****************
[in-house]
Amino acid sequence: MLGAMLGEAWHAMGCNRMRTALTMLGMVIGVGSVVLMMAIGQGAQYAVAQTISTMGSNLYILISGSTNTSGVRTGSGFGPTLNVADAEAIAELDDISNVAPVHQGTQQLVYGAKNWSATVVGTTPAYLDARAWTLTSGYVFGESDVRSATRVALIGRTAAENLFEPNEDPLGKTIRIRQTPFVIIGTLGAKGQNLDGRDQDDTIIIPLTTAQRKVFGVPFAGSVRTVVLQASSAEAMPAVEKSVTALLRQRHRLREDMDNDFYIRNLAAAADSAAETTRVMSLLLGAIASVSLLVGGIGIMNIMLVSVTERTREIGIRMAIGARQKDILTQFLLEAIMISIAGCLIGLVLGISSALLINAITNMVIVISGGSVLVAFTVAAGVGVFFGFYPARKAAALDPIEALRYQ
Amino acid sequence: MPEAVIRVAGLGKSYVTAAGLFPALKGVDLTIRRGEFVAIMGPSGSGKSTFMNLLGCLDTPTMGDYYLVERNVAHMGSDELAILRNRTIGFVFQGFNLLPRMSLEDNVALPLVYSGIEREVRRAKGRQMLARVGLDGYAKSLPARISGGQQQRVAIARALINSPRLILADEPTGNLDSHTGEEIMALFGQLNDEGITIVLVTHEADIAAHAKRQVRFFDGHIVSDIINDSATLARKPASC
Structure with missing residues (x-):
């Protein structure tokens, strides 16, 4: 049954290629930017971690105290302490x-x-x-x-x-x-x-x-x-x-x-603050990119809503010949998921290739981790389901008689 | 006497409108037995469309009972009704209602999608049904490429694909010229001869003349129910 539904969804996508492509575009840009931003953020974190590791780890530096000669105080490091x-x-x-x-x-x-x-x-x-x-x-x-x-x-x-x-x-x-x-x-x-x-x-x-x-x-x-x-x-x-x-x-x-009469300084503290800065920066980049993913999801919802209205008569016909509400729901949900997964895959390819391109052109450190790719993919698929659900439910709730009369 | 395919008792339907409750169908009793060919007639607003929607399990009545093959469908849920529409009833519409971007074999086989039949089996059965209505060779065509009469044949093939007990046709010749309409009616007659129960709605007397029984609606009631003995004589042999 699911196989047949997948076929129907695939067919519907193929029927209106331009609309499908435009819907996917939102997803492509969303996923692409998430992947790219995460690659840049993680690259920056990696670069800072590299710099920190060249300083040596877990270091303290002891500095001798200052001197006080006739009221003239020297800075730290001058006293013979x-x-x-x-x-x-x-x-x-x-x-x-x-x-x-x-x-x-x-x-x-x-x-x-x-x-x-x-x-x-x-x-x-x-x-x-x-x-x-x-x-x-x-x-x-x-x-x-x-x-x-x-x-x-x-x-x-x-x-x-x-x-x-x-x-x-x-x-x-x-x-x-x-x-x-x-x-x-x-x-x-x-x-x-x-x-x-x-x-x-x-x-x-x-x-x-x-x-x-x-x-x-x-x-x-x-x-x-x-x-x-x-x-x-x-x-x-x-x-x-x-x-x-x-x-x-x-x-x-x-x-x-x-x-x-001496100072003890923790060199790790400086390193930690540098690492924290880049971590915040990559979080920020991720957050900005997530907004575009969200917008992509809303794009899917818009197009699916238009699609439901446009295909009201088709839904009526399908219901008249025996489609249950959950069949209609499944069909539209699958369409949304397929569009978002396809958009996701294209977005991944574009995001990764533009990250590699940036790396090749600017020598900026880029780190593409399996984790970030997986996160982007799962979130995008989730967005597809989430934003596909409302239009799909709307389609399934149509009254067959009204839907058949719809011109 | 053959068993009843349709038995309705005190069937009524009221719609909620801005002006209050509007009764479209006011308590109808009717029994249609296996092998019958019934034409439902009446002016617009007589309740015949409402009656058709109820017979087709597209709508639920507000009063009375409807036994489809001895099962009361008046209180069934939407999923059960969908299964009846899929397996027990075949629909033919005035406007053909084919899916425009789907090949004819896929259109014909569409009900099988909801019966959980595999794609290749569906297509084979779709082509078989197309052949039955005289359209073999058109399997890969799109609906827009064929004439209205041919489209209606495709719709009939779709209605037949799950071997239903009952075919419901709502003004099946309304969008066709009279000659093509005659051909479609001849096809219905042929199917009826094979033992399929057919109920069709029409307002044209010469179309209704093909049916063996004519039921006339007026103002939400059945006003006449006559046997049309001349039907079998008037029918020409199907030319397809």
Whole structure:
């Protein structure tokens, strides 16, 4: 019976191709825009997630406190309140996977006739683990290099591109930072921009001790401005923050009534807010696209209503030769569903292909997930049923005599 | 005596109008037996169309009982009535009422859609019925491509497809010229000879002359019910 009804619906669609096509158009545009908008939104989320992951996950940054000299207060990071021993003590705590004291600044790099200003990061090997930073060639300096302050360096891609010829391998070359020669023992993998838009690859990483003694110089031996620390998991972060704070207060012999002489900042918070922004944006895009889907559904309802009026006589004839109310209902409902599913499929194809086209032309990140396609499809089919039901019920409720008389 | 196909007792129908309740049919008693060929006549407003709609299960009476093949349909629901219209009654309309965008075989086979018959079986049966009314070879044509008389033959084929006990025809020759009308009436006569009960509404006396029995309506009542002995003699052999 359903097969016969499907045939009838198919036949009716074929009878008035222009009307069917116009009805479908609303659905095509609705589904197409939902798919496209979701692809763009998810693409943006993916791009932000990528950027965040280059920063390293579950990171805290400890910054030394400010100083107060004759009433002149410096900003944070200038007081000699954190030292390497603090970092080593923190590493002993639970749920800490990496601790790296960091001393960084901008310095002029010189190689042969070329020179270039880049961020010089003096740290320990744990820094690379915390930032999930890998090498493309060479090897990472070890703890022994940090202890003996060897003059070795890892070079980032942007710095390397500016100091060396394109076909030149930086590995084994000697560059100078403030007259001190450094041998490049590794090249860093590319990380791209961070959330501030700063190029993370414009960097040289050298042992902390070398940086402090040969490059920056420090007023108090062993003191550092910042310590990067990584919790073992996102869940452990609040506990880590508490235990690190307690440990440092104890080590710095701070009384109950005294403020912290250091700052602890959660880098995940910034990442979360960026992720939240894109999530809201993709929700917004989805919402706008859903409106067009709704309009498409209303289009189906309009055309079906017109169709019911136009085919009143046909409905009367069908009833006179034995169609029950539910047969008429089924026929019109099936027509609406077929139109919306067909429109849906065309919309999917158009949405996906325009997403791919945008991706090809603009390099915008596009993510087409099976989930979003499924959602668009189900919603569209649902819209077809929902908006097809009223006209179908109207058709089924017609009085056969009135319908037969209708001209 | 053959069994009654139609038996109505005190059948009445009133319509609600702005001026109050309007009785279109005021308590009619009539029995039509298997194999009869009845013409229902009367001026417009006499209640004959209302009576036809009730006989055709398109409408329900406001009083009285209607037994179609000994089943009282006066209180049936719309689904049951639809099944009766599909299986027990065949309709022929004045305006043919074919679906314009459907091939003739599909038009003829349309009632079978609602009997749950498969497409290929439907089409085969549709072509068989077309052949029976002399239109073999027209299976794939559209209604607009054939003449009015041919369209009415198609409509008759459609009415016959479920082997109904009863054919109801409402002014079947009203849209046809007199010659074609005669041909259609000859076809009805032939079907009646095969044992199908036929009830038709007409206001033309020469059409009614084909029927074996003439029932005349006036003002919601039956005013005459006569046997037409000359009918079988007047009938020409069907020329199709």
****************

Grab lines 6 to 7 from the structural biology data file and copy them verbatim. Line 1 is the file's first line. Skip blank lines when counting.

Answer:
Whole structure:
């Protein structure tokens, strides 16, 4: 019976191709825009997630406190309140996977006739683990290099591109930072921009001790401005923050009534807010696209209503030769569903292909997930049923005599 | 005596109008037996169309009982009535009422859609019925491509497809010229000879002359019910 009804619906669609096509158009545009908008939104989320992951996950940054000299207060990071021993003590705590004291600044790099200003990061090997930073060639300096302050360096891609010829391998070359020669023992993998838009690859990483003694110089031996620390998991972060704070207060012999002489900042918070922004944006895009889907559904309802009026006589004839109310209902409902599913499929194809086209032309990140396609499809089919039901019920409720008389 | 196909007792129908309740049919008693060929006549407003709609299960009476093949349909629901219209009654309309965008075989086979018959079986049966009314070879044509008389033959084929006990025809020759009308009436006569009960509404006396029995309506009542002995003699052999 359903097969016969499907045939009838198919036949009716074929009878008035222009009307069917116009009805479908609303659905095509609705589904197409939902798919496209979701692809763009998810693409943006993916791009932000990528950027965040280059920063390293579950990171805290400890910054030394400010100083107060004759009433002149410096900003944070200038007081000699954190030292390497603090970092080593923190590493002993639970749920800490990496601790790296960091001393960084901008310095002029010189190689042969070329020179270039880049961020010089003096740290320990744990820094690379915390930032999930890998090498493309060479090897990472070890703890022994940090202890003996060897003059070795890892070079980032942007710095390397500016100091060396394109076909030149930086590995084994000697560059100078403030007259001190450094041998490049590794090249860093590319990380791209961070959330501030700063190029993370414009960097040289050298042992902390070398940086402090040969490059920056420090007023108090062993003191550092910042310590990067990584919790073992996102869940452990609040506990880590508490235990690190307690440990440092104890080590710095701070009384109950005294403020912290250091700052602890959660880098995940910034990442979360960026992720939240894109999530809201993709929700917004989805919402706008859903409106067009709704309009498409209303289009189906309009055309079906017109169709019911136009085919009143046909409905009367069908009833006179034995169609029950539910047969008429089924026929019109099936027509609406077929139109919306067909429109849906065309919309999917158009949405996906325009997403791919945008991706090809603009390099915008596009993510087409099976989930979003499924959602668009189900919603569209649902819209077809929902908006097809009223006209179908109207058709089924017609009085056969009135319908037969209708001209 | 053959069994009654139609038996109505005190059948009445009133319509609600702005001026109050309007009785279109005021308590009619009539029995039509298997194999009869009845013409229902009367001026417009006499209640004959209302009576036809009730006989055709398109409408329900406001009083009285209607037994179609000994089943009282006066209180049936719309689904049951639809099944009766599909299986027990065949309709022929004045305006043919074919679906314009459907091939003739599909038009003829349309009632079978609602009997749950498969497409290929439907089409085969549709072509068989077309052949029976002399239109073999027209299976794939559209209604607009054939003449009015041919369209009415198609409509008759459609009415016959479920082997109904009863054919109801409402002014079947009203849209046809007199010659074609005669041909259609000859076809009805032939079907009646095969044992199908036929009830038709007409206001033309020469059409009614084909029927074996003439029932005349006036003002919601039956005013005459006569046997037409000359009918079988007047009938020409069907020329199709």